Immediately, I pointed out to Jeff that an assault rifle can "spit out a lot of bullets" and if he heard gunfire, best to get down as low as possible. The space under his thick, old-fashioned wooden desk was probably the safest spot in his office. Of course, knowing Jeff, he'd be throwing himself in front of the television so he wouldn't miss the end of the Red Wings hockey game.
Jeff wanted me to make some calls. We don't actually need to say the words "activate the social network" and it's not like there's a formal phone tree. We just all know when to start calling each other. This was clearly one of those times.
Contractor Anderson Mitchell--old army, just like me--got to the office and checked on Jeff. Apparently, all was well because a short while later Jeff sent me the following text message: Guy with a gun was firing shots in the area. Cops were responding and got him.
I assume it was the Fourth Precinct.
Good job, Fourth Precinct! And THANK YOU for your dedication and hard work.
By the way, those "shot spotter" devices are a wonder! When there is the sound of gunfire, "servo motors" rotate cameras in the direction of the gunfire. Heavily armed police DESCEND on the area where the shots were fired. (Many or all the officers have assault rifles at the ready, what look to be Colt AR-15s, the civilian version of the army M-16)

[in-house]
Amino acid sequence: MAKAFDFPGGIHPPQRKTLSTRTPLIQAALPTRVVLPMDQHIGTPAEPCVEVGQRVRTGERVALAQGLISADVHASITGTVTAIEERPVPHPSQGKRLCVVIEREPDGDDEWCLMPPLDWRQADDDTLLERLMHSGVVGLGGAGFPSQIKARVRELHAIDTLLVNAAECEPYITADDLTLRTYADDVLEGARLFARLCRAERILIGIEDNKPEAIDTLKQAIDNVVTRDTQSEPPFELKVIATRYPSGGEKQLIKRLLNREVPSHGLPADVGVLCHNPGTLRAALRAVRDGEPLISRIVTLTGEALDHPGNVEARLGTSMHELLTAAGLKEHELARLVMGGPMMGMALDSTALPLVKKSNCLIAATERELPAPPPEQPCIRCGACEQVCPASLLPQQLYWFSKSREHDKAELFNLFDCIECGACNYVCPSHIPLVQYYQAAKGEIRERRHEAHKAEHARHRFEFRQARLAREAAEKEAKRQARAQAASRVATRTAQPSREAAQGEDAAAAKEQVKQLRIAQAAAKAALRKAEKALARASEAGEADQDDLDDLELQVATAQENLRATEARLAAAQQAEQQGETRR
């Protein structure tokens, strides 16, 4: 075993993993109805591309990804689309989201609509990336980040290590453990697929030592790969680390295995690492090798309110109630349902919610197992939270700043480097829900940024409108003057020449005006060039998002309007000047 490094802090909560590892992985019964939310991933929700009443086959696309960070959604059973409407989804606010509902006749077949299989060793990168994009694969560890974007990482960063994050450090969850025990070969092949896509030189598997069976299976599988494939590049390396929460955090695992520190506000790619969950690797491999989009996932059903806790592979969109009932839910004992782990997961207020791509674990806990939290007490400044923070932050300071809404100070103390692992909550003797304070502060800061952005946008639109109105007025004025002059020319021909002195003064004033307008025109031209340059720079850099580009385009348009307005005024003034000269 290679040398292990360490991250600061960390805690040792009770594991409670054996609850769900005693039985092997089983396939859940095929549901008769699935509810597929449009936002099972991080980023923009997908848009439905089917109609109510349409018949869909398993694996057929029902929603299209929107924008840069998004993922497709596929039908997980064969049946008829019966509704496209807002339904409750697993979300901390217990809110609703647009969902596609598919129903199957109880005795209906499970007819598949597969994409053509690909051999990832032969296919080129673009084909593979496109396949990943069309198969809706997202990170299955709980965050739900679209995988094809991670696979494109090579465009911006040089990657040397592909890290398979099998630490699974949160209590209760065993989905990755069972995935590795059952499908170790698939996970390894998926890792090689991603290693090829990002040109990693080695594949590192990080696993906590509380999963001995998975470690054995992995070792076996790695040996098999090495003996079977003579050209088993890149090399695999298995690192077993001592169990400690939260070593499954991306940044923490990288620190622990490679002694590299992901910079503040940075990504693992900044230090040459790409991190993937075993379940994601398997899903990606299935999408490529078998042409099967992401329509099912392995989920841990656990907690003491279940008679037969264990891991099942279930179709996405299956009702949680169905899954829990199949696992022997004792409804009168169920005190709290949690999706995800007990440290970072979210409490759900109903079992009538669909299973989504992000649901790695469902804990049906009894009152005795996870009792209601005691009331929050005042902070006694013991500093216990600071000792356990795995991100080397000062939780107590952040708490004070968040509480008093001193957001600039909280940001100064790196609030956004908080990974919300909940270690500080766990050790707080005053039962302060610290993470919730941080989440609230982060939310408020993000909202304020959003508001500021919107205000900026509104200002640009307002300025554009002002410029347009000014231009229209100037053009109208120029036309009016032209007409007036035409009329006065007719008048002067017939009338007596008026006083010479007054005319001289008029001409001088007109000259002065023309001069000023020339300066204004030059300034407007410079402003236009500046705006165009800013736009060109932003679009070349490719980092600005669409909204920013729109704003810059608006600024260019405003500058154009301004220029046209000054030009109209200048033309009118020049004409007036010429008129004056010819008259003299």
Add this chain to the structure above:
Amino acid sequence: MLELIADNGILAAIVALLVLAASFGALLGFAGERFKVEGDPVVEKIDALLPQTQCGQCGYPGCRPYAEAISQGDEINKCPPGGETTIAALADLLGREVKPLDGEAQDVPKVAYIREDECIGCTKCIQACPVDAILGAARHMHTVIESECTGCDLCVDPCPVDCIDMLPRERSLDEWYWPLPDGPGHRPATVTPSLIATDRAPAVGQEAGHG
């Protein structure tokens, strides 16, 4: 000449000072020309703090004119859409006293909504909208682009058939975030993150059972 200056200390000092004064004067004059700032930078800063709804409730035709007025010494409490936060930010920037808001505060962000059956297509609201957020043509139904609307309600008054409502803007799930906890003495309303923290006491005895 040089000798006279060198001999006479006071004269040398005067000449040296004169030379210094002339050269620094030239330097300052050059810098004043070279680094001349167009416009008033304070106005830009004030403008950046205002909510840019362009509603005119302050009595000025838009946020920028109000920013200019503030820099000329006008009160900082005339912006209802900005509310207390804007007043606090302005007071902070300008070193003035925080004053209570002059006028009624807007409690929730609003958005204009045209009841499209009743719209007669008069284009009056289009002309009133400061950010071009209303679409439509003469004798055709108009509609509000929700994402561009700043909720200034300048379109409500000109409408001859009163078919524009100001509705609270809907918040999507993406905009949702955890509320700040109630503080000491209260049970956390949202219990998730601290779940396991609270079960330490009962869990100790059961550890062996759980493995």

Any civilian who fires a gun in North Minneapolis for any reason other than fending off an attack has to be either very desperate, very stupid, or some fatal combination of both.
Almost as notable as the high tech shot spotters is our neighborly social network. When decent people buy vacant, ultra-affordable homes in this area, they quickly form social networks thanks to the secret "decent people handshake" and not-so- secret rituals like picking up litter and walking on SIDEWALKS instead of DOWN THE MIDDLE OF THE STREET.
Going to events sponsored by the neighborhood association is the quickest, surest way to form these networks.